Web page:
International Journal of Philosophical Studies 14 (4):505 – 520 (2006)
AbstractDerrida argued at great length early on in his career that texts live on in the absence of their author. The question remains, however, of precisely how this survival takes place. In this paper I argue that the life of Derrida?s own ?uvre is sustained through his particular practice of self?inheritance. I justify this claim by focusing on one moment in the text Rogues: Two Essays on Reason, in which Derrida inherits from himself through self?citation. In citing himself while at the same time modifying his citation, Derrida sets into motion a deconstruction of his own text that he does not seem to anticipate. It is this movement of deconstruction that enables Derrida?s text to live on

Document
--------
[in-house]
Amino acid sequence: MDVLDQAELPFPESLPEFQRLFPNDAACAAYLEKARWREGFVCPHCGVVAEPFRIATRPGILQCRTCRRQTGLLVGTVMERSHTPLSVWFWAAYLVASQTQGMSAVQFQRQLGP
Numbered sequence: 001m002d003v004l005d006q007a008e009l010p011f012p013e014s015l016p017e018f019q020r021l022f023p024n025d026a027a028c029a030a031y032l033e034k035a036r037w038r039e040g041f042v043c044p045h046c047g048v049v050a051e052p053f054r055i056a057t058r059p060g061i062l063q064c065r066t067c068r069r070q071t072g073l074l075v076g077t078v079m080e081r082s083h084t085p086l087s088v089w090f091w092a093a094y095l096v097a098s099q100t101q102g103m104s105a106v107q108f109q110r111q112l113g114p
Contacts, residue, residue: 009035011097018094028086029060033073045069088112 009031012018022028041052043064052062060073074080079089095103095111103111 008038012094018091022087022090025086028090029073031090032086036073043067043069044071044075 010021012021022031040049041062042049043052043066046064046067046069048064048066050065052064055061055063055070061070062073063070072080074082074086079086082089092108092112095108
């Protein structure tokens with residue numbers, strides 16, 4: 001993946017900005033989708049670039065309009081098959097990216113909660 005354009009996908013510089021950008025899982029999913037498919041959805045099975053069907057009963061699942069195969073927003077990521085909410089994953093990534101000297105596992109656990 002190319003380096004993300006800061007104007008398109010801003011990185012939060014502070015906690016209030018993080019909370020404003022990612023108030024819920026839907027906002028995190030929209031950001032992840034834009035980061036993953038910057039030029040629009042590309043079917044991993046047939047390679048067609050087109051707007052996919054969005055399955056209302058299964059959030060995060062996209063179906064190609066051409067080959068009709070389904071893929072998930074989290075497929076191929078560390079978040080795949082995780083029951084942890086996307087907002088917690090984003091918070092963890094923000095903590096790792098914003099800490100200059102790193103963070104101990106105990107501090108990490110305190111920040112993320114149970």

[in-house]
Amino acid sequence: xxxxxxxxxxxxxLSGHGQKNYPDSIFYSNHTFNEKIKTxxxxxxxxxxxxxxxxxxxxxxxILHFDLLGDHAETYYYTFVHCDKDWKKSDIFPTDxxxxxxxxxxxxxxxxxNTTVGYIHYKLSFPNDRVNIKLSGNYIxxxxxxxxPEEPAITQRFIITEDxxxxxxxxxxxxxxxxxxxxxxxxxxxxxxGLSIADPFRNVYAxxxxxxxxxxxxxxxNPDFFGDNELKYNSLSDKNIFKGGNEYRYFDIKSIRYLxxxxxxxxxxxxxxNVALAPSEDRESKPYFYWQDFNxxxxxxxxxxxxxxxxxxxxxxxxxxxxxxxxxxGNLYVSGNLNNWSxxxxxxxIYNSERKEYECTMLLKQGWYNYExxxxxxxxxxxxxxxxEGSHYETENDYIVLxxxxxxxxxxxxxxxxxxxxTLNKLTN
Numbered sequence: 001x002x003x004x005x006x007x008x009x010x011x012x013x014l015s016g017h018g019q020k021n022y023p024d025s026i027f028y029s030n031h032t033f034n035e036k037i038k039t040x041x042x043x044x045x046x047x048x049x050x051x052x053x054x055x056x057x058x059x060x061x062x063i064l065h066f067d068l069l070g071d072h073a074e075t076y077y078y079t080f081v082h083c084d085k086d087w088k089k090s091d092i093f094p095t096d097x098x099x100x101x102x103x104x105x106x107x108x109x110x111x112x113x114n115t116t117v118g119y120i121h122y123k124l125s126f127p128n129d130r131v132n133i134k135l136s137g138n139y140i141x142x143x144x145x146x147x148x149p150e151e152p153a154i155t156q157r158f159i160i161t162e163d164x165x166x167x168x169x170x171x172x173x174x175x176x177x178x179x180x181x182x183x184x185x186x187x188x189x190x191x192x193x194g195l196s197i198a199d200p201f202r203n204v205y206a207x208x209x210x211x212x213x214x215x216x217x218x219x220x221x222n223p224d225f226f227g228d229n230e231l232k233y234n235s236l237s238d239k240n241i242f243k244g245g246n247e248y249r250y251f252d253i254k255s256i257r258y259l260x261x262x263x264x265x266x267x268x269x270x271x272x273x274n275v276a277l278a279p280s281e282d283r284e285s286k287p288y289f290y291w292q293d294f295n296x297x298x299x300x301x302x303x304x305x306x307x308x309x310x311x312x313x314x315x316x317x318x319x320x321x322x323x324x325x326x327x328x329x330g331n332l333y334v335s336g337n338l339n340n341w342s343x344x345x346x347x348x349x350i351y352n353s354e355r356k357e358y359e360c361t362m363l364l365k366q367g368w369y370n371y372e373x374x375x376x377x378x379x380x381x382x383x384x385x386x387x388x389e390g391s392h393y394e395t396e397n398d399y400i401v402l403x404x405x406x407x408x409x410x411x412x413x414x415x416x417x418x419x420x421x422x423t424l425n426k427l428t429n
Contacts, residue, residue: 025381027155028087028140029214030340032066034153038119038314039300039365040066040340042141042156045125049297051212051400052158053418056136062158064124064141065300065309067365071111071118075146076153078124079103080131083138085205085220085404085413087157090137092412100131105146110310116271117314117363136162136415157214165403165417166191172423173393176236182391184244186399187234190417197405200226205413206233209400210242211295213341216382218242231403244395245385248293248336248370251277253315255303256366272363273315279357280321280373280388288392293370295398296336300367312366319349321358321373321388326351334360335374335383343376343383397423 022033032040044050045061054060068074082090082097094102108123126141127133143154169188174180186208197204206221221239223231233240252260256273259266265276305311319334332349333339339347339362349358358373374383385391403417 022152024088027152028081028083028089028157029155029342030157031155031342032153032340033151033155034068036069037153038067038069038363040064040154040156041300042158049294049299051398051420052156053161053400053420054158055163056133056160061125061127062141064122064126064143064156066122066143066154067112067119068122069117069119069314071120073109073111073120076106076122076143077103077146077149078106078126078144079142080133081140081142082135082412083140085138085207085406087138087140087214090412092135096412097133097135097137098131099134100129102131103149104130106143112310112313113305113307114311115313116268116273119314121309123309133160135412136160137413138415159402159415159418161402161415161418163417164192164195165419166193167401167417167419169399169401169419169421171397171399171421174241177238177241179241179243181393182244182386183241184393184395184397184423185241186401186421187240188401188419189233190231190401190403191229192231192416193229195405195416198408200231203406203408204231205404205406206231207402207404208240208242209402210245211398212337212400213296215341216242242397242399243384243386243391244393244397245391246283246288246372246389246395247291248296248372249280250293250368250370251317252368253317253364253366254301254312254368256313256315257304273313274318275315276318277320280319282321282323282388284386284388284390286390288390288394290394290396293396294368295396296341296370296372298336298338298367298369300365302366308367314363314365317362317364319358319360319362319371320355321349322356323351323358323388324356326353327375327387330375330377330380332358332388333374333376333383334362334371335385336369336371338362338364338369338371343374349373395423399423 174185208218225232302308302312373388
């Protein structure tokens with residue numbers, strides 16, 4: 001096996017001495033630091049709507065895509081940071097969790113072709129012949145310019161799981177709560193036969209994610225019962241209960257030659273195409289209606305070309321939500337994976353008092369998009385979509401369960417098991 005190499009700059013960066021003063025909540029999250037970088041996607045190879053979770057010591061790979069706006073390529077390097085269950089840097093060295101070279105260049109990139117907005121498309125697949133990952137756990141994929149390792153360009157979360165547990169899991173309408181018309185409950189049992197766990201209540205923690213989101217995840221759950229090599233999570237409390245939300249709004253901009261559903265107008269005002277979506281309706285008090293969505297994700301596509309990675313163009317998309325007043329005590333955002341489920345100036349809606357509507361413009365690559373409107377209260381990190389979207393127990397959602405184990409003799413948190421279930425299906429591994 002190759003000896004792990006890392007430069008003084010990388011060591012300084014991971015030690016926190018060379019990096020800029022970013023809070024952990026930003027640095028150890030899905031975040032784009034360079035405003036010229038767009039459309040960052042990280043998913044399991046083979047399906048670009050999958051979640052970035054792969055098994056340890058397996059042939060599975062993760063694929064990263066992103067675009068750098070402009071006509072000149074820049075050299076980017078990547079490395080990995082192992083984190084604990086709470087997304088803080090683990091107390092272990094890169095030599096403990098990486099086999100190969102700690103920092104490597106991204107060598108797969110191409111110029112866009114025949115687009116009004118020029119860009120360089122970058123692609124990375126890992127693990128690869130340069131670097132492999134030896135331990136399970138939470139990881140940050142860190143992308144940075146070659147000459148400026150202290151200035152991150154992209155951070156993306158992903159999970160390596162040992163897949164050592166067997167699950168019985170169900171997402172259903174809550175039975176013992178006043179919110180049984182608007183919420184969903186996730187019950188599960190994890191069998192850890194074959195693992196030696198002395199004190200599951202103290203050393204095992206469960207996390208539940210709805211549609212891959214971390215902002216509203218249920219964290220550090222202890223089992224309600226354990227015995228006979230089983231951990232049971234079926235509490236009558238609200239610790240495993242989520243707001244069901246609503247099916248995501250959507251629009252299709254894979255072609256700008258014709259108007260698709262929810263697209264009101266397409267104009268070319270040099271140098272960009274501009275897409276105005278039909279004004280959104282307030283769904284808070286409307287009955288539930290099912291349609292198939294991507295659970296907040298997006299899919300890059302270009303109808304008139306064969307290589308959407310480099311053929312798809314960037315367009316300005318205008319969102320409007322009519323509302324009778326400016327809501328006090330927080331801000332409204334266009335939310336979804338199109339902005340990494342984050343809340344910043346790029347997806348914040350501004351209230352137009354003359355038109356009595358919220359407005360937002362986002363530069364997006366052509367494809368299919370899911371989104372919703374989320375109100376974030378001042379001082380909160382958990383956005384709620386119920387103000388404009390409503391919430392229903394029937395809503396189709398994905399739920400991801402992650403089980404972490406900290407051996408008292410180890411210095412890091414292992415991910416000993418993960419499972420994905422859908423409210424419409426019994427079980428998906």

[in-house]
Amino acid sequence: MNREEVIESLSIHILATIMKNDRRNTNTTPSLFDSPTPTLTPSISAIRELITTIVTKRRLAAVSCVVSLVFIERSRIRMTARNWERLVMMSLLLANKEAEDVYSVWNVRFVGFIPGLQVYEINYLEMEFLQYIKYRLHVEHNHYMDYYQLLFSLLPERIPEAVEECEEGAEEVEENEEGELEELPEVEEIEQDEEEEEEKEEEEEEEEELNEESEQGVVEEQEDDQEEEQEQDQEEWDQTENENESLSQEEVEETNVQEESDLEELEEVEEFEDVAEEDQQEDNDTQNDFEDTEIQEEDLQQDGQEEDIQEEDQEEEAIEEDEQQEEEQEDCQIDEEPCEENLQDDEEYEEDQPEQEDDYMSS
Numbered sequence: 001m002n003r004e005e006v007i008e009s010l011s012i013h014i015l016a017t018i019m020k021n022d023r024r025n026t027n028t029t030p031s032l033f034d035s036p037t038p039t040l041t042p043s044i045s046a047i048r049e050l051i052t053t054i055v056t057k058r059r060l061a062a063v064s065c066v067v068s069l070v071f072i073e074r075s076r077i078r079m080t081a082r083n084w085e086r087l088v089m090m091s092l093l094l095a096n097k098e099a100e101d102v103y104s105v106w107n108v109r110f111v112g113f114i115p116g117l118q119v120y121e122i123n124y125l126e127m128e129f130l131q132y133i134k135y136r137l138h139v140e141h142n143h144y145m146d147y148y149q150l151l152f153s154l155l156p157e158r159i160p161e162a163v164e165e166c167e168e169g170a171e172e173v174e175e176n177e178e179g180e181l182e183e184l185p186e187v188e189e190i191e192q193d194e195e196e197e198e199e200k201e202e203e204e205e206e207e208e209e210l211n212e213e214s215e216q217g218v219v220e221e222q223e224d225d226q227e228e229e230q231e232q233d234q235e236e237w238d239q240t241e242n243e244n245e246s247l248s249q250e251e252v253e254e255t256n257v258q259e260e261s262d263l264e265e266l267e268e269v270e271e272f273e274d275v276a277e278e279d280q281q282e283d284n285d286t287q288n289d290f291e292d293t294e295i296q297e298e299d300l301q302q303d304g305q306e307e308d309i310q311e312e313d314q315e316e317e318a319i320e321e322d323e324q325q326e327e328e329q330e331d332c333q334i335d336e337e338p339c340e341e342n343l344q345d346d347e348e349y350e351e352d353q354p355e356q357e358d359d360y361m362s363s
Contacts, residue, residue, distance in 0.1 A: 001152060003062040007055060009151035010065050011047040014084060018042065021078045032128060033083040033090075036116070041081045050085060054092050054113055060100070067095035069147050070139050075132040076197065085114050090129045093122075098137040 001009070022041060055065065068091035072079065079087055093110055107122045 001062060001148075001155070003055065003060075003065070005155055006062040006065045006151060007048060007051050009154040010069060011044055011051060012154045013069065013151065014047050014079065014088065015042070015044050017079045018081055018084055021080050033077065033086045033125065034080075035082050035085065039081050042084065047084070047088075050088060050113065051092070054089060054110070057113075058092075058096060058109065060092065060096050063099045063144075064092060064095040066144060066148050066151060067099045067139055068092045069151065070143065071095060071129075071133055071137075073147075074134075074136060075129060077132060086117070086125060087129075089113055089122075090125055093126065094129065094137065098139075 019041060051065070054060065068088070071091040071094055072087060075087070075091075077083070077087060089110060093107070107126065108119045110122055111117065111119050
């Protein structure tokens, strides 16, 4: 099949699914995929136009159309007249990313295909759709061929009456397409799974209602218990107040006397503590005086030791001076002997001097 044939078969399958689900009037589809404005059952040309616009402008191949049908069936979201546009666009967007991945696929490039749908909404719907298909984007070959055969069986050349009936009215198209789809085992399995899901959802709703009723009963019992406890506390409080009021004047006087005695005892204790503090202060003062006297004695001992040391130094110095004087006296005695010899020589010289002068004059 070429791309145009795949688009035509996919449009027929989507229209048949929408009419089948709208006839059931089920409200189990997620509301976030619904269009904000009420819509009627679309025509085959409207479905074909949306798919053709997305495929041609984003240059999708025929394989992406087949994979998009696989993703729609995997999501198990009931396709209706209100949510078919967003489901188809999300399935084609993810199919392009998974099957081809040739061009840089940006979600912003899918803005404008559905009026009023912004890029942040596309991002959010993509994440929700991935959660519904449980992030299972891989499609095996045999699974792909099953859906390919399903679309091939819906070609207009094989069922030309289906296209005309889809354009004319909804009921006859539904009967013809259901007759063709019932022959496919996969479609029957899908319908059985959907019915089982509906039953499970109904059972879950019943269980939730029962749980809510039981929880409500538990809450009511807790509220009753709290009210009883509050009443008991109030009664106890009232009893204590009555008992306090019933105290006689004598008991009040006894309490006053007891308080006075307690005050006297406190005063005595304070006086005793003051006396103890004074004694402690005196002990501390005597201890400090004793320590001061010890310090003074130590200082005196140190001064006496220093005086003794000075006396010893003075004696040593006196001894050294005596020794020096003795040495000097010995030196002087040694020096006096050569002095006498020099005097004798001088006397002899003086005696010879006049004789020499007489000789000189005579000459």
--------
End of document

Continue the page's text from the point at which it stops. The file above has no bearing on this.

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Citations of this work
Theopoetics to Theopraxis.Calvin D. Ullrich - 2020 - Forum Philosophicum: International Journal for Philosophy 25 (1):163-182.
References found in this work
Specters of Marx: The State of the Debt, the Work of Mourning, and the New International.Jacques Derrida - 1994 - Routledge.